A total of 68.7 percent of the public believe that the existing central government system could not solve social disputes such as those arising out of the cross-strait service trade agreement and the Fourth Nuclear Power Plant in New Taipei City’s Gongliao District (貢寮), while only 21.7 percent think otherwise, a poll conducted by the Democratic Progressive Party’s (DPP) polling center showed.
The DPP said the result underlined the necessity of constitutional reform to consolidate the central government structure.
DPP Chairman Su Tseng-chang (蘇貞昌) recently raised the issue of amending the Constitution to establish a Cabinet system — rather than the current semi-presidential system — while the party’s poll shows that even among the supporters of the pan-blue camp, changing the central government to a Cabinet system is favored by as many as 65.1 percent of respondents.
Less than one-quarter of the pan-blue supporters (22.1 percent) favor a presidential system of government, according to the survey.
Pan-green supporters are more enthusiastic about having a Cabinet system of government, with the survey indicating that more than three-quarters of pan-green respondents (75.6 percent) support it, while only 10.6 percent favor a presidential system.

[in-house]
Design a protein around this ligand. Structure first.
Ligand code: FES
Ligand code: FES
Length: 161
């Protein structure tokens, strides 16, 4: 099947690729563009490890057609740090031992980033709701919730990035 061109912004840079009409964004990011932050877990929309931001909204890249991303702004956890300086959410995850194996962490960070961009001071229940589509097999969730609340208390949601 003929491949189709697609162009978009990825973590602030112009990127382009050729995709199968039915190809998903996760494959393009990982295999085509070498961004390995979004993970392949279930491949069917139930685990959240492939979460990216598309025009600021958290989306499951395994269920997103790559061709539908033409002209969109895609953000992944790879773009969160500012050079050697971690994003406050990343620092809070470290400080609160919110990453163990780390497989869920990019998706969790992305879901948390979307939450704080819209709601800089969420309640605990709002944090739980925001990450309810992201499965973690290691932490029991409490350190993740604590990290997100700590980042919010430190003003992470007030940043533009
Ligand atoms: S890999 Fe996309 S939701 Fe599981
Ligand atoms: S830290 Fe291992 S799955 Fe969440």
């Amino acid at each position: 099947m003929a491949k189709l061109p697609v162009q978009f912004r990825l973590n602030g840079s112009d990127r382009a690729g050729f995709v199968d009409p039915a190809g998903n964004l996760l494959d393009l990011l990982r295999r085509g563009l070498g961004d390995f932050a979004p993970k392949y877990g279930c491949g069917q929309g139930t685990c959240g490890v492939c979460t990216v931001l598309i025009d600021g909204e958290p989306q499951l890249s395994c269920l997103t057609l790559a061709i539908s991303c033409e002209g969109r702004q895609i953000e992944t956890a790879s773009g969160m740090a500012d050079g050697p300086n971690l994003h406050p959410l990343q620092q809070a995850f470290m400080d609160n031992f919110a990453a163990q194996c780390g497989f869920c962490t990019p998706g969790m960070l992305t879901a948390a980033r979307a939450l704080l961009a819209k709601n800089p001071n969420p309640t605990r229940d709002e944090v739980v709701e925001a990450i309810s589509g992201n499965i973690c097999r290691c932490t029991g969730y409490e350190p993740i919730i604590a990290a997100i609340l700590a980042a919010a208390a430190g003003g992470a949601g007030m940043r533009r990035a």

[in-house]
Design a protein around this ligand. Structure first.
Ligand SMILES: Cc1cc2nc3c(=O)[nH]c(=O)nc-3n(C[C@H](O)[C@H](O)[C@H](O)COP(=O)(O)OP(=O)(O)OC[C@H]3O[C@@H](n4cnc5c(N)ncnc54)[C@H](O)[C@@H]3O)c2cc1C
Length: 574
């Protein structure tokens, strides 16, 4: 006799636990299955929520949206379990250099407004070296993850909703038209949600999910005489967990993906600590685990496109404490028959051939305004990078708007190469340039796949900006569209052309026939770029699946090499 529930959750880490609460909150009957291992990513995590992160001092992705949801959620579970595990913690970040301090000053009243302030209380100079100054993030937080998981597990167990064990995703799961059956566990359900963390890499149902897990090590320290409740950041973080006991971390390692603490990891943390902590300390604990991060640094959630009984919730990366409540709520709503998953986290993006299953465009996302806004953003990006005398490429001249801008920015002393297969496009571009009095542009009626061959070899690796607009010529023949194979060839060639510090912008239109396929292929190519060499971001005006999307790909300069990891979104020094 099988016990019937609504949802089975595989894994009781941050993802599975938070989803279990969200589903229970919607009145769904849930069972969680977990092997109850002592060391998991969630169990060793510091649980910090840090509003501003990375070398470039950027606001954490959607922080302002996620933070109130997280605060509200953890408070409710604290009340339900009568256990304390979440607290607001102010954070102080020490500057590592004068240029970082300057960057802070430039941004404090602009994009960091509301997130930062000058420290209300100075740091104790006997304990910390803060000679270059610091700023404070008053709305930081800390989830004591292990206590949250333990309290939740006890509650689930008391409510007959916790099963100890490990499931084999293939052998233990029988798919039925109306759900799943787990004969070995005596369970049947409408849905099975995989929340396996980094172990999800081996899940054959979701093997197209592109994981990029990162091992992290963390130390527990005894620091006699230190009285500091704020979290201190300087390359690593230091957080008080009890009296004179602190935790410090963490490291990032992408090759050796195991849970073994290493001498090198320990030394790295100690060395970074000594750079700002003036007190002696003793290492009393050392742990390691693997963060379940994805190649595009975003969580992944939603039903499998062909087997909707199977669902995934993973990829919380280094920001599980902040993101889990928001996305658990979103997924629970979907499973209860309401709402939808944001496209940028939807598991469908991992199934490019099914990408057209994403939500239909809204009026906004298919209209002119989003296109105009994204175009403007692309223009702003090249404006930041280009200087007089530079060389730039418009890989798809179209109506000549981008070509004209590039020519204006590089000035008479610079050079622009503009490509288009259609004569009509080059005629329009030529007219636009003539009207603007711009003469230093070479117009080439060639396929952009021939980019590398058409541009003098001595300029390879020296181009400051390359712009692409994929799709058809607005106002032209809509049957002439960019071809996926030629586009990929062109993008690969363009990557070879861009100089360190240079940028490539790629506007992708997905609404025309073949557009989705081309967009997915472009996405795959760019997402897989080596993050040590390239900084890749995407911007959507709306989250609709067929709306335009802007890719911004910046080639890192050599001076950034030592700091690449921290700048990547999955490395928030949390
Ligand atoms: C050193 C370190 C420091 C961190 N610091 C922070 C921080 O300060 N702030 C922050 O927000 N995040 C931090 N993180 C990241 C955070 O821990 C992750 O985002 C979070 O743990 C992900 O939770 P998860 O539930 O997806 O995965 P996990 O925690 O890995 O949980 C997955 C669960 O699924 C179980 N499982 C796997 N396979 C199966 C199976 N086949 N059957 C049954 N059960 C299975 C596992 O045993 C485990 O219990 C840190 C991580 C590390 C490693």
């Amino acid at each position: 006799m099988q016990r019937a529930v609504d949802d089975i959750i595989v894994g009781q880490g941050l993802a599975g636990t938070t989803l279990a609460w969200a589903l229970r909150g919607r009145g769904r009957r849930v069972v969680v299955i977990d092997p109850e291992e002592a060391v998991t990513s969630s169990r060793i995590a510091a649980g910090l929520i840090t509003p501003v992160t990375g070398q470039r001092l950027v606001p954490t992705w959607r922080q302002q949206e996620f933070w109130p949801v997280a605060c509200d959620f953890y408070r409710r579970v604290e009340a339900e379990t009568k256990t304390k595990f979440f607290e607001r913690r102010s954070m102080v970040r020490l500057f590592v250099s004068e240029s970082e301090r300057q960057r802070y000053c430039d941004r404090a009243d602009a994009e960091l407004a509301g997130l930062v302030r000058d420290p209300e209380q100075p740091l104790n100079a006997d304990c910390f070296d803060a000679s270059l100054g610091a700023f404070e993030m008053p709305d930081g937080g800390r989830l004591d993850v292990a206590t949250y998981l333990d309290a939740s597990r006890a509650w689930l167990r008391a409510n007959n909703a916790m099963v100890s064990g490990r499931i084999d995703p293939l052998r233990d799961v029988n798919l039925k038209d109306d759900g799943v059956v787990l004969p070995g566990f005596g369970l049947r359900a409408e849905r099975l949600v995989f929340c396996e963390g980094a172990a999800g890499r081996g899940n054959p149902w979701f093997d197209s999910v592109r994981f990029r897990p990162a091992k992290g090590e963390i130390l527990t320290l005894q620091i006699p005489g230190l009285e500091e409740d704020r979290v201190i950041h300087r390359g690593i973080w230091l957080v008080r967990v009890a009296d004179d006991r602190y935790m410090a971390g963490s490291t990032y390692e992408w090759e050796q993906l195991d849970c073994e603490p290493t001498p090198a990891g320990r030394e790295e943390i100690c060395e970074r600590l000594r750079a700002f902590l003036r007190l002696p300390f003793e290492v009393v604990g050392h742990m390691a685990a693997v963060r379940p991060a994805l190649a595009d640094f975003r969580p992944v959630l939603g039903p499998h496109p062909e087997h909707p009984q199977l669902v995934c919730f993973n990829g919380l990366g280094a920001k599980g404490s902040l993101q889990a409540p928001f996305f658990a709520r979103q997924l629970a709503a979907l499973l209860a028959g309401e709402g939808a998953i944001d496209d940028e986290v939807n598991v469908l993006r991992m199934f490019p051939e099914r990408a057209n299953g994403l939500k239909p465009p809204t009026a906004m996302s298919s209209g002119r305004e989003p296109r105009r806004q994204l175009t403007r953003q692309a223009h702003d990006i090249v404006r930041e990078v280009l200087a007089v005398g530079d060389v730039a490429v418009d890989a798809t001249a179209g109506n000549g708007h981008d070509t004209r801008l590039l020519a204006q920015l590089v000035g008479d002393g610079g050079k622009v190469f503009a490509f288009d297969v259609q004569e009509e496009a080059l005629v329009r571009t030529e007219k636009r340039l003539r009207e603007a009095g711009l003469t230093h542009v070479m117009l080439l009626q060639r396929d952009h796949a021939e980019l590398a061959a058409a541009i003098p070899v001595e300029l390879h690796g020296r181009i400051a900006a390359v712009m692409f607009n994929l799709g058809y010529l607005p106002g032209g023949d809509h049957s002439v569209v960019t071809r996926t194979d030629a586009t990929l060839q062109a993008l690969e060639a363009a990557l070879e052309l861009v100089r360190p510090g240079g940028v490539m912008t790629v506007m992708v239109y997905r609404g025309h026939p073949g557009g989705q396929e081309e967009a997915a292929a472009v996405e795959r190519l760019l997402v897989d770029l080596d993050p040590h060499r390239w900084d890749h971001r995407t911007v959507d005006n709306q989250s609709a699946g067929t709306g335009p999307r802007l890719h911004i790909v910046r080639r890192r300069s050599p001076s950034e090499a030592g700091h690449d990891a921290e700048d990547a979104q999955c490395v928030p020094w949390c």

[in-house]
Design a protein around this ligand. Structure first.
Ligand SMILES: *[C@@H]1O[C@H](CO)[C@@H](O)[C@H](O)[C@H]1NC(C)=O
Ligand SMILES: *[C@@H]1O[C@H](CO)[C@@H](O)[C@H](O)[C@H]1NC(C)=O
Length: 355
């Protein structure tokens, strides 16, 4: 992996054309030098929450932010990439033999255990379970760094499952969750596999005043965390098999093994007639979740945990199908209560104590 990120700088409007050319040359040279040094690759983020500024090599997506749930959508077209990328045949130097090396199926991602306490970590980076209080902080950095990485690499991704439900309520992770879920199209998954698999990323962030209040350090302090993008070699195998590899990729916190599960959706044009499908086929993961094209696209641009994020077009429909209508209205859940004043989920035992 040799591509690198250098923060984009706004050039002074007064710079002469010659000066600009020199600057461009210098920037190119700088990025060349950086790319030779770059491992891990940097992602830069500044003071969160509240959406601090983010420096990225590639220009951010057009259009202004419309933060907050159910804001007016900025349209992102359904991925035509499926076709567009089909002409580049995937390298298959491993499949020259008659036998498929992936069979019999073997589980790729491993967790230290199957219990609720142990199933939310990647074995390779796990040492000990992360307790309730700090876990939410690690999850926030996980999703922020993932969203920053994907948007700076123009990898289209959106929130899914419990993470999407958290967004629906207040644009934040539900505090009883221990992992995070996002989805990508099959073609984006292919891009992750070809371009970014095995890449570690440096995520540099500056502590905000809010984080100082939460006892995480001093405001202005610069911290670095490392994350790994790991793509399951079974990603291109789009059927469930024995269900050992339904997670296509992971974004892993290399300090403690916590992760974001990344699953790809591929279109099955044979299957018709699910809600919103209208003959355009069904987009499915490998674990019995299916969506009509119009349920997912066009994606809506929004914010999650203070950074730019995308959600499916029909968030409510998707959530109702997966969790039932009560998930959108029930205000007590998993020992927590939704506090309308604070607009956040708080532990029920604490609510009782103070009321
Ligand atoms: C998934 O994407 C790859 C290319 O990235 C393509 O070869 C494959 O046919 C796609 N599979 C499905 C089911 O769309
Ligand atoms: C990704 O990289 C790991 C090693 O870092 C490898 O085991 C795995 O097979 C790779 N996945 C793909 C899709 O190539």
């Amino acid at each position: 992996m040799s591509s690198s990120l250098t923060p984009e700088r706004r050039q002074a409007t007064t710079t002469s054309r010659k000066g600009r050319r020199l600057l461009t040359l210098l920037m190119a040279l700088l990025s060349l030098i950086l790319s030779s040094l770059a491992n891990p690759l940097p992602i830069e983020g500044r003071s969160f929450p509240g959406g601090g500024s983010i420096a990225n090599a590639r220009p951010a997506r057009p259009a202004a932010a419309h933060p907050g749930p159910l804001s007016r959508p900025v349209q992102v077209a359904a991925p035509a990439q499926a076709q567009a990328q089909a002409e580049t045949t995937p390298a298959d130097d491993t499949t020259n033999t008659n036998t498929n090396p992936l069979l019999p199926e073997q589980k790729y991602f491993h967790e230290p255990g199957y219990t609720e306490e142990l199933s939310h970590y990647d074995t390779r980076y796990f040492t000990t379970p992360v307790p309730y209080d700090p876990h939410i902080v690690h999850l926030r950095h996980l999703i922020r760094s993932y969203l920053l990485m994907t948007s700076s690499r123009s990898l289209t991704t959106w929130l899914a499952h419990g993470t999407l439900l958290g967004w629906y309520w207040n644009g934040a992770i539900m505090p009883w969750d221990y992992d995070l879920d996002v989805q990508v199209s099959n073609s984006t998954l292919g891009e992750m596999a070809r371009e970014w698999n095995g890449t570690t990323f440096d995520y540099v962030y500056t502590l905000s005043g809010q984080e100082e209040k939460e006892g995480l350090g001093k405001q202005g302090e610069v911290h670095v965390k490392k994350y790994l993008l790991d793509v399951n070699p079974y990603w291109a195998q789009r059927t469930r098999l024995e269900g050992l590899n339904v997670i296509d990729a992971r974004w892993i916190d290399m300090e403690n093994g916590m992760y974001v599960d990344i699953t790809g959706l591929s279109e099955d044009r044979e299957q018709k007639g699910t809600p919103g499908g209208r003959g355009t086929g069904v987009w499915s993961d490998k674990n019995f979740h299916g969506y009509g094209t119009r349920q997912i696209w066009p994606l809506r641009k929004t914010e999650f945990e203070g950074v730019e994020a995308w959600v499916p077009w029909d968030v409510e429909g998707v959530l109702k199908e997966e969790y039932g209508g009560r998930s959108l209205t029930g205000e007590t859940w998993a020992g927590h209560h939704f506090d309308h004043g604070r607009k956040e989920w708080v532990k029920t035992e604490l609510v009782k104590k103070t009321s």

The poll results demonstrate strong backing from both sides of the political aisle for changing the existing structure to a Cabinet system, with 68.7 percent of respondents in general supporting a Cabinet system and 13.8 percent a presidential one.
The call for a “civic constitutional convention” first made by Sunflower movement protesters has been echoed and joined by various academics and groups, and the poll found the public supports the call, with 68.8 percent of respondents considering such a convention necessary for fine-tuning the country’s existing constitutional-political system.
However, 22.2 percent of respondents said they think there is no such need.
On the threshold to amending the Constitution, the passage of a Constitution-amending bill requires the presence of three-quarters of the total number of legislators, the consent of three-quarters of those attending and a referendum six months after the announcement.
The DPP’s poll showed that 52.8 percent believe that the current threshold to constitutional amendment is too high and should be lowered, while 34.3 percent say the threshold is appropriate and 2.2 percent consider it “too low.”
The poll collected 1,106 valid samples on April 8 and April 10 and had a margin of error of 3 percentage points.
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